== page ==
1963: Mayor Victor Schiro and International Trade Mart (later WTC Inc.) President Clay Shaw sign a 56-year lease with rent of $1 annually for the construction of the city's first riverfront office tower.
1967: The 33-story building is completed, thrives, creating a 2019 expiration date which keeps the tower off city tax rolls for the length of the agreement.
1994: WTC officials make first official overtures for hotel conversion to Mayor Sydney Barthlemey, who defers plan to incoming Mayor Marc Morial, who supports the project.
June 1996: World Trade Center officials and city issue requests for proposals to redevelop half of the building into a hotel, with promises of a three-way agreement that would pump millions of dollars into city coffers for the first time, and prop up finances for the trade group.
April 1998: Three teams, two with national hotel or foreign-based hotel companies signed on as operators, compete as finalists in a closed-door, selection process.
May 1998: WTC Development LLC led by bond broker Larry Sisung is selected as developer; selection is controversial since WTC Development had never developed a hotel.
June 1998: a passed over bidder files lawsuit, claiming selection process violates public meeting laws.
November 1998: A lease is inked between the city, the WTC and Sisung.
June 2000: Sisung plan expands to a 1,200-room Crowne Plaza Hotel.
June 2001: The popular Top of The Mart revolving lounge closes.
July 2001: Louisiana Supreme Court rules developers' selection process legal.
September 2001: The 9/11 terrorist attacks freeze the national hospitality market and dries up financing for Sisung's group. Crowne Plaza pulls out.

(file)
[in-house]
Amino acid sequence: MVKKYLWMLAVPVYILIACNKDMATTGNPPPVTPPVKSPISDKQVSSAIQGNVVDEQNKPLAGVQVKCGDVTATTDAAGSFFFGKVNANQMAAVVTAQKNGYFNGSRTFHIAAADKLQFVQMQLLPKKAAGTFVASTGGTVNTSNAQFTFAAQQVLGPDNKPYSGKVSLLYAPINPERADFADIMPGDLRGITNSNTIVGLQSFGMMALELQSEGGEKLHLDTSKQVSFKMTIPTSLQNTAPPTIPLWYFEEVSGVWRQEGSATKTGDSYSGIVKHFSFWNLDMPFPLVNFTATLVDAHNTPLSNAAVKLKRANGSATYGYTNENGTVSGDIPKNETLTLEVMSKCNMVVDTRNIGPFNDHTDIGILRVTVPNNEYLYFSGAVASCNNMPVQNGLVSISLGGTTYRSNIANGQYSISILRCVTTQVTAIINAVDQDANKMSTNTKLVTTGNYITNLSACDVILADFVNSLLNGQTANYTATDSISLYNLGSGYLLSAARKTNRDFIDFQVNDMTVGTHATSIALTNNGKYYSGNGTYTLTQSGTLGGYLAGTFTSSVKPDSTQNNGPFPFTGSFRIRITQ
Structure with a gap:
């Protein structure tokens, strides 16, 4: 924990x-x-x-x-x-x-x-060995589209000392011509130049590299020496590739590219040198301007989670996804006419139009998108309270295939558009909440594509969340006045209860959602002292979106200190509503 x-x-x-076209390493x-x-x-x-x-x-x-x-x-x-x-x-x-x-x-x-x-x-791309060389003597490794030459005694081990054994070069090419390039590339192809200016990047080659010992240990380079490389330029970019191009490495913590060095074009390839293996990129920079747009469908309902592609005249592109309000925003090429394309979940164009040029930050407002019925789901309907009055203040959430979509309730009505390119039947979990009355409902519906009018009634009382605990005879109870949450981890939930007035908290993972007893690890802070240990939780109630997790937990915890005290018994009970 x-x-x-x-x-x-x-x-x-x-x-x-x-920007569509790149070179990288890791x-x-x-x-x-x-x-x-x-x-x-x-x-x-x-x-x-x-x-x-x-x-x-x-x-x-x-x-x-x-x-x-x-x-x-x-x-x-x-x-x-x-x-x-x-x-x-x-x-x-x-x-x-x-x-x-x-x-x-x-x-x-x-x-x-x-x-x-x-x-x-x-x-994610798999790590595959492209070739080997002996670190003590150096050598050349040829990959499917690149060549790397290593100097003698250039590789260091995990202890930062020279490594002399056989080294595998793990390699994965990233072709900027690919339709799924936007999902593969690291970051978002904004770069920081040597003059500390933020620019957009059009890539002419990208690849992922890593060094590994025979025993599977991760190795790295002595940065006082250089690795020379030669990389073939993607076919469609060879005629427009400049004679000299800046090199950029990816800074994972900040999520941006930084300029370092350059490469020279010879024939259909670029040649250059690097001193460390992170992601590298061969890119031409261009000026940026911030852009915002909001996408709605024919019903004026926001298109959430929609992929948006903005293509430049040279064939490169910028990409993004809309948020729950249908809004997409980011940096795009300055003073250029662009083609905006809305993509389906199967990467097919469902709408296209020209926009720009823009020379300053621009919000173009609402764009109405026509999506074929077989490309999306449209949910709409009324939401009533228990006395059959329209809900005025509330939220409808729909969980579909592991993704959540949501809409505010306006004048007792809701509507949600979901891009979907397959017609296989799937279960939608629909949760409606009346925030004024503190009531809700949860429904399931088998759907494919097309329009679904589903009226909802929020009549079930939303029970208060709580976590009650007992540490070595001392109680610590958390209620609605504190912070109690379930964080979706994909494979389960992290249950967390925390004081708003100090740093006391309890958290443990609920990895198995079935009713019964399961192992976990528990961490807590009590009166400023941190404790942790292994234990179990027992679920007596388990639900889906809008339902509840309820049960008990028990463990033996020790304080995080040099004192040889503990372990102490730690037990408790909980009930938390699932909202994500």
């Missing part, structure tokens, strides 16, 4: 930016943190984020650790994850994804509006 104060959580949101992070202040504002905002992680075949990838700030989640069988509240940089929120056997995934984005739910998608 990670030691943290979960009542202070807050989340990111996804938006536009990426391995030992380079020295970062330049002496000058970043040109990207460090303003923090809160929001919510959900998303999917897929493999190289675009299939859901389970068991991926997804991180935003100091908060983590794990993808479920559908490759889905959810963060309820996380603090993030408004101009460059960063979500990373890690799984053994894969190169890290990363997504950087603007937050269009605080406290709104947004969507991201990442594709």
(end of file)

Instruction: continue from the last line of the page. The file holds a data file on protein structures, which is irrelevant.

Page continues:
April 2002: City wins a tax increment finance plan from the Legislature. It allows Sisung, the city and trade group to capture $40 million in hotel-motel room taxes to prop up gaps in financing; Westin signs letter of intent to flag the property.
May 2002: Mayor Ray Nagin puts brakes on project, claiming benefits to the city are minimal; orders Sean Cummings as head of NOBC to revamp project with WTC Development and trade organization.
May 2003: Two development teams make offers to develop site without public subsidy.
January 2004: Watchdog groups blast the project.
March 2004: The Greater New Orleans Hotel and Lodging Association files lawsuit regarding tax increment financing of project.
June 2005: Louisiana Supreme Court declares TIF unconstitutional.
June 2005: Former co-owner of the New Orleans Hornets Ray Wooldridge opens ritzy Club 360 in place of closed Top of The Mart; he voices interest in rescuing hotel project.
August 2005: Hurricane Katrina strikes, sending hospitality sector into a tailspin.
February 2006: Sisung's WTC LLC officially pulls out of deal.
March 2007: Eight teams vie for development rights, given 30-days for proposals and 120 days to wrap financing; time window is highly criticized as shutting out potential national investors/hotel operators.
March 2007: Full Spectrum of New York is winning bidder.
August 2008: After numerous extensions, Full Spectrum pulls out of the deal.
March 2009: WTC's famous Plimsoll Club moves to Westin Hotel and opens a month later.
October 2009: Commissioned appraisal says land WTC building sits on more valuable than the tower.
November 2009: Passed over for the project twice, developers Darryl Berger and Pres Kabacoff explore mixed use project, but pull out due to national credit meltdown.
January 2010: WTC accepts fate of losing building, enters negotiations for lease buyout with city, but talks stall.
May 2010. Decision on property, which will require City Council approval, is left in hands of new Mayor Mitch Landrieu.